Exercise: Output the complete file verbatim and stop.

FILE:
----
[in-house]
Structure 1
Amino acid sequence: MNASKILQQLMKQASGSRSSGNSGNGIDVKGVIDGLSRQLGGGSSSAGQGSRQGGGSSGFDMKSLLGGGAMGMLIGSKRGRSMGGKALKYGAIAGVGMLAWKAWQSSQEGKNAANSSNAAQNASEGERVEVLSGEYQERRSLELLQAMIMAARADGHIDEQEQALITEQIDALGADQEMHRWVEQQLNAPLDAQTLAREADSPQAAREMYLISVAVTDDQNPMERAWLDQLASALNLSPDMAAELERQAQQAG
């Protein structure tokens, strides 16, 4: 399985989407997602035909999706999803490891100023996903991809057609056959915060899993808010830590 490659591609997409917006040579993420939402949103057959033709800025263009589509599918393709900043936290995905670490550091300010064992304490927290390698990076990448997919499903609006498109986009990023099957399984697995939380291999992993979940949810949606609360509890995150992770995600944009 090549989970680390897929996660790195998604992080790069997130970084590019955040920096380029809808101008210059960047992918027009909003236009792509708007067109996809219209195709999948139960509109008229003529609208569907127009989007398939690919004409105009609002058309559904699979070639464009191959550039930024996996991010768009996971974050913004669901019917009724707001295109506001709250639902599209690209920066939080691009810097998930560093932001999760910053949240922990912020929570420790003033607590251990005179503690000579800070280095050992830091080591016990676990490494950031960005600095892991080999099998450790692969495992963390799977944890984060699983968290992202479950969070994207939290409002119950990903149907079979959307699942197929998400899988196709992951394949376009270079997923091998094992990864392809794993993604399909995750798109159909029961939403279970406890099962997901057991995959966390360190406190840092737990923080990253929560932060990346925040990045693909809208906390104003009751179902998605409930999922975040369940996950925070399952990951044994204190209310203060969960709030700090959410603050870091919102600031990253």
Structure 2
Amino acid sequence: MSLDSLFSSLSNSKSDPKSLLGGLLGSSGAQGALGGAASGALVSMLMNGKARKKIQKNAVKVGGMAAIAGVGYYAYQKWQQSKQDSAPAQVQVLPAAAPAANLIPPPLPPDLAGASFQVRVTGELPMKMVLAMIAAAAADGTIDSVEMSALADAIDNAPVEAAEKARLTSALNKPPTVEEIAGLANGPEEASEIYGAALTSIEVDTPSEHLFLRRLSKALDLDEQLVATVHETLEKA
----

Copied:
[in-house]
Structure 1
Amino acid sequence: MNASKILQQLMKQASGSRSSGNSGNGIDVKGVIDGLSRQLGGGSSSAGQGSRQGGGSSGFDMKSLLGGGAMGMLIGSKRGRSMGGKALKYGAIAGVGMLAWKAWQSSQEGKNAANSSNAAQNASEGERVEVLSGEYQERRSLELLQAMIMAARADGHIDEQEQALITEQIDALGADQEMHRWVEQQLNAPLDAQTLAREADSPQAAREMYLISVAVTDDQNPMERAWLDQLASALNLSPDMAAELERQAQQAG
């Protein structure tokens, strides 16, 4: 399985989407997602035909999706999803490891100023996903991809057609056959915060899993808010830590 490659591609997409917006040579993420939402949103057959033709800025263009589509599918393709900043936290995905670490550091300010064992304490927290390698990076990448997919499903609006498109986009990023099957399984697995939380291999992993979940949810949606609360509890995150992770995600944009 090549989970680390897929996660790195998604992080790069997130970084590019955040920096380029809808101008210059960047992918027009909003236009792509708007067109996809219209195709999948139960509109008229003529609208569907127009989007398939690919004409105009609002058309559904699979070639464009191959550039930024996996991010768009996971974050913004669901019917009724707001295109506001709250639902599209690209920066939080691009810097998930560093932001999760910053949240922990912020929570420790003033607590251990005179503690000579800070280095050992830091080591016990676990490494950031960005600095892991080999099998450790692969495992963390799977944890984060699983968290992202479950969070994207939290409002119950990903149907079979959307699942197929998400899988196709992951394949376009270079997923091998094992990864392809794993993604399909995750798109159909029961939403279970406890099962997901057991995959966390360190406190840092737990923080990253929560932060990346925040990045693909809208906390104003009751179902998605409930999922975040369940996950925070399952990951044994204190209310203060969960709030700090959410603050870091919102600031990253």
Structure 2
Amino acid sequence: MSLDSLFSSLSNSKSDPKSLLGGLLGSSGAQGALGGAASGALVSMLMNGKARKKIQKNAVKVGGMAAIAGVGYYAYQKWQQSKQDSAPAQVQVLPAAAPAANLIPPPLPPDLAGASFQVRVTGELPMKMVLAMIAAAAADGTIDSVEMSALADAIDNAPVEAAEKARLTSALNKPPTVEEIAGLANGPEEASEIYGAALTSIEVDTPSEHLFLRRLSKALDLDEQLVATVHETLEKA